I donít know why I wrote what I originally did on Super Mario Bros. Itís easy to crap on an old game in an era where games seek higher meaning with all their audiovisual impressiveness. I guess this is just my way of trying to set the record straight for myself at the request of myself. Super Mario Bros. will live on regardless.

Rating: 8/10


Fiddlesticks's avatar
Community review by Fiddlesticks (August 10, 2013)

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ThoughtFool1 posted August 10, 2013:

I'm glad you like to go against the grain and think for yourself. But I would prefer that if you review a game you spend more time elaborating on why you think a game deserves a score you give it based on the merits (or lack thereof) of the game itself...it seems like you spent more time writing about how your opinion diverges from the majority rather than WHY your opinion diverges from the majority.
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Fiddlesticks posted August 10, 2013:

Jimmy crack corn and I don't care.
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zigfried posted August 10, 2013:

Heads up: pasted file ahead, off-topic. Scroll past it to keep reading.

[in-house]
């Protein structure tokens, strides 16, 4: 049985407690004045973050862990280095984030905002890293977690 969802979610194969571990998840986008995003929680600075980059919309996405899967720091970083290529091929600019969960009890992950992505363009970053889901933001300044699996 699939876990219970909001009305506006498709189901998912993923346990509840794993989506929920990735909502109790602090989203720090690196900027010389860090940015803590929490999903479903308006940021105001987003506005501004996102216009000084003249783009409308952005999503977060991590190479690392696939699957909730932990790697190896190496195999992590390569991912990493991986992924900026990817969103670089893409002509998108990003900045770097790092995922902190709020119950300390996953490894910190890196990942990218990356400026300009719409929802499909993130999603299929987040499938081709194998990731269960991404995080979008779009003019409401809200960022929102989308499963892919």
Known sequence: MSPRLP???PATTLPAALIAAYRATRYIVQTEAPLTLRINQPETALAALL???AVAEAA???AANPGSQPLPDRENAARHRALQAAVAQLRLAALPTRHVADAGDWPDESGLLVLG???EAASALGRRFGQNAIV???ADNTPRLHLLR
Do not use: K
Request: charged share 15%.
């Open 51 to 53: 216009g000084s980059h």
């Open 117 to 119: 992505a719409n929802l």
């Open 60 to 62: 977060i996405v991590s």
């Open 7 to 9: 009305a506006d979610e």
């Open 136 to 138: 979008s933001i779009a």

Hmm. Well, I played the original Super Mario Bros back in 1985 or 1986. It's an intelligently-assembled game, although I'd hardly call it the greatest. Not even close. There are tons of games I'd rather play. I've never been motivated to buy any of the GBA or Virtual Console re-releases of SMB1. Just not interested.

That being said, Super Mario Bros was influential. Anything can be dismissed with statements like "If Mario didnít bring it, some other game would have, whether it was made by Nintendo or not". Anything in this world could have hypothetically been done by someone else, if the people who really did it first hadn't actually done it first. I mean hell, if Lucas hadn't made Star Wars, someone else would have made an influential sci-fi movie. It's very easy to downplay something's importance when you dismiss reality.

So I guess what I'm saying is -- even though I think we might agree on the surface -- your opinion appears to be wrong because it appears to be unsupported.

It's too bad you don't care. If you did care, then you might have actually written a good review.

//Zig
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Fiddlesticks posted August 10, 2013:

That fine.
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bbbmoney posted August 10, 2013:

One of the best pieces I've seen on this site in a long time. Wonderful work, Fiddle.
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JoeTheDestroyer posted August 11, 2013:

You come off as very defensive in this review, and I'm used to you being more brutally honest.